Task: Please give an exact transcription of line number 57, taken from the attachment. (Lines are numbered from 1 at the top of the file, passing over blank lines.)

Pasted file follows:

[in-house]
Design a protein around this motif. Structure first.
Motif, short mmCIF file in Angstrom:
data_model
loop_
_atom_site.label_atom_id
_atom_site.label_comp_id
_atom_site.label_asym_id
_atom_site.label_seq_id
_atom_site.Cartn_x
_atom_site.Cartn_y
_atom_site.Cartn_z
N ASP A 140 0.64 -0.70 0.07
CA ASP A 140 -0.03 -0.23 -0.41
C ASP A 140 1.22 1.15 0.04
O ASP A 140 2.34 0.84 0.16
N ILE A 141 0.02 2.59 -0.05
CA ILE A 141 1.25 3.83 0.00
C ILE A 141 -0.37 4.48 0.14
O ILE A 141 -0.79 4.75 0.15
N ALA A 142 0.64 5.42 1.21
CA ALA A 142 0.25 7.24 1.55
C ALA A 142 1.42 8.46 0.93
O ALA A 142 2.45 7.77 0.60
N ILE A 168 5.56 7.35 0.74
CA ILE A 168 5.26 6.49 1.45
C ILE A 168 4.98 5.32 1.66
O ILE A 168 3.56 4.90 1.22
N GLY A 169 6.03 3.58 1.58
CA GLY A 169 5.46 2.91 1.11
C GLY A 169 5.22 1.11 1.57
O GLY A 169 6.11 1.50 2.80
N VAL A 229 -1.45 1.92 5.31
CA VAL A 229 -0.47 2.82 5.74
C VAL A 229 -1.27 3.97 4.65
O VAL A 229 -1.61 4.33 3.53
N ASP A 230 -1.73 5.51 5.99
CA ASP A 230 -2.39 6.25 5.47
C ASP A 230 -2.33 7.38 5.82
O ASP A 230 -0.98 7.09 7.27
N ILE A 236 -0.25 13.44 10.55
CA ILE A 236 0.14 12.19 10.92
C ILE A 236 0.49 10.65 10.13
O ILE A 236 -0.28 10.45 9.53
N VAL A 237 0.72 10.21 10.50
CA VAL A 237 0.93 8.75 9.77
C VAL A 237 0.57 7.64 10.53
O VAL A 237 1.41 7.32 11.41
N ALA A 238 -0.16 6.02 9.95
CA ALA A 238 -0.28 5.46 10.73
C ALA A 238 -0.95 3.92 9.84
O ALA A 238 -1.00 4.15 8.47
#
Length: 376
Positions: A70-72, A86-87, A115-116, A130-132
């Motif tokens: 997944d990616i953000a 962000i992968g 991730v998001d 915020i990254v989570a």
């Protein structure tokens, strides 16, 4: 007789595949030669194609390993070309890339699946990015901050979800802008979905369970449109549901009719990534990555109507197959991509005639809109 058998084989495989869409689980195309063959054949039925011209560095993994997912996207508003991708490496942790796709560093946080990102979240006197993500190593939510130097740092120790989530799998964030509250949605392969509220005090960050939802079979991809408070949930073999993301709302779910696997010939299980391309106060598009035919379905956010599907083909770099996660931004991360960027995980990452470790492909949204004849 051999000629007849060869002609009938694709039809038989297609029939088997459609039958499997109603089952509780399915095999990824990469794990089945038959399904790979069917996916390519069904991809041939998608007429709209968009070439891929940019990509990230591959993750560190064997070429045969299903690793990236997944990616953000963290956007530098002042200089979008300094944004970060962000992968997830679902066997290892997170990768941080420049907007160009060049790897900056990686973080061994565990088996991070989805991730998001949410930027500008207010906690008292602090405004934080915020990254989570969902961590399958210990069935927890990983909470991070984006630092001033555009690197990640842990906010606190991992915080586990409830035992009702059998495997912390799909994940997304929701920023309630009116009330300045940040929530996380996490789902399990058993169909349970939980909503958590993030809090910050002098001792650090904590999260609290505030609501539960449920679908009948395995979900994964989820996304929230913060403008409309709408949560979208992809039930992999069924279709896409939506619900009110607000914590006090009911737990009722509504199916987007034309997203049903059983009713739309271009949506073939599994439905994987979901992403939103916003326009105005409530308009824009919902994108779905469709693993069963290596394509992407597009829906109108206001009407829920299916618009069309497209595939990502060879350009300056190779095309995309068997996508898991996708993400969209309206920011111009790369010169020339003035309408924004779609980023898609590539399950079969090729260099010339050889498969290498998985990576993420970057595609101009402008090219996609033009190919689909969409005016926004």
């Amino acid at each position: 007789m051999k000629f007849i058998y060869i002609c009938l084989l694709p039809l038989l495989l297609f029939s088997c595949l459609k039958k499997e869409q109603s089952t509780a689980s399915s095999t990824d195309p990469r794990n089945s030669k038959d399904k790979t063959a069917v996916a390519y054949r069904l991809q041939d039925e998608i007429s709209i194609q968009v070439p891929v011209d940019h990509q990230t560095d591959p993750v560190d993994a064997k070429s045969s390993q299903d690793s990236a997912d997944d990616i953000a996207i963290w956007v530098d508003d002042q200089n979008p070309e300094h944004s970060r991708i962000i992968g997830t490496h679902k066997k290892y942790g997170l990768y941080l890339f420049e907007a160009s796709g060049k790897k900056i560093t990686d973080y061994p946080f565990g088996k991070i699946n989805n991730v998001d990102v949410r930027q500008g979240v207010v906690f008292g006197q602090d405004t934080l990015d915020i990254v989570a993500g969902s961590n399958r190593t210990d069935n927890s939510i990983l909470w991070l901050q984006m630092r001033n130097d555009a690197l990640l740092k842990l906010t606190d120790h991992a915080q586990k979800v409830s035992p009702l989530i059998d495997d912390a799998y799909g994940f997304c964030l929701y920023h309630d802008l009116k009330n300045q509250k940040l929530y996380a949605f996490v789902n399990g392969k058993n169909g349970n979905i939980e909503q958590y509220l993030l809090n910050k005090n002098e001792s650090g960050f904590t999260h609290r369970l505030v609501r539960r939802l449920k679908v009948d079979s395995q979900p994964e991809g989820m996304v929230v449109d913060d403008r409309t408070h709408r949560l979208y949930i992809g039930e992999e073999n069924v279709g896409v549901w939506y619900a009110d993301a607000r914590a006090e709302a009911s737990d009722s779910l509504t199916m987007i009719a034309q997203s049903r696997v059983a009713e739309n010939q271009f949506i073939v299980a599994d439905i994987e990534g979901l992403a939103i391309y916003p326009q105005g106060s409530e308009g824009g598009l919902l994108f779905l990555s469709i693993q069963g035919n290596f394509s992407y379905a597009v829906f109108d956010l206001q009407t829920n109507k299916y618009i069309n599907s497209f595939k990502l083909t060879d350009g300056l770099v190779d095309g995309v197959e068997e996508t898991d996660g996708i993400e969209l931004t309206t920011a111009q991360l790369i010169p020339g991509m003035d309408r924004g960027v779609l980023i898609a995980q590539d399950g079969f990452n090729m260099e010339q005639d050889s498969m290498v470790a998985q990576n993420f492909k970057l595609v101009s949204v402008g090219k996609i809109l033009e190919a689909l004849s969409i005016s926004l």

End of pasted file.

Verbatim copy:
């Protein structure tokens, strides 16, 4: 007789595949030669194609390993070309890339699946990015901050979800802008979905369970449109549901009719990534990555109507197959991509005639809109 058998084989495989869409689980195309063959054949039925011209560095993994997912996207508003991708490496942790796709560093946080990102979240006197993500190593939510130097740092120790989530799998964030509250949605392969509220005090960050939802079979991809408070949930073999993301709302779910696997010939299980391309106060598009035919379905956010599907083909770099996660931004991360960027995980990452470790492909949204004849 051999000629007849060869002609009938694709039809038989297609029939088997459609039958499997109603089952509780399915095999990824990469794990089945038959399904790979069917996916390519069904991809041939998608007429709209968009070439891929940019990509990230591959993750560190064997070429045969299903690793990236997944990616953000963290956007530098002042200089979008300094944004970060962000992968997830679902066997290892997170990768941080420049907007160009060049790897900056990686973080061994565990088996991070989805991730998001949410930027500008207010906690008292602090405004934080915020990254989570969902961590399958210990069935927890990983909470991070984006630092001033555009690197990640842990906010606190991992915080586990409830035992009702059998495997912390799909994940997304929701920023309630009116009330300045940040929530996380996490789902399990058993169909349970939980909503958590993030809090910050002098001792650090904590999260609290505030609501539960449920679908009948395995979900994964989820996304929230913060403008409309709408949560979208992809039930992999069924279709896409939506619900009110607000914590006090009911737990009722509504199916987007034309997203049903059983009713739309271009949506073939599994439905994987979901992403939103916003326009105005409530308009824009919902994108779905469709693993069963290596394509992407597009829906109108206001009407829920299916618009069309497209595939990502060879350009300056190779095309995309068997996508898991996708993400969209309206920011111009790369010169020339003035309408924004779609980023898609590539399950079969090729260099010339050889498969290498998985990576993420970057595609101009402008090219996609033009190919689909969409005016926004």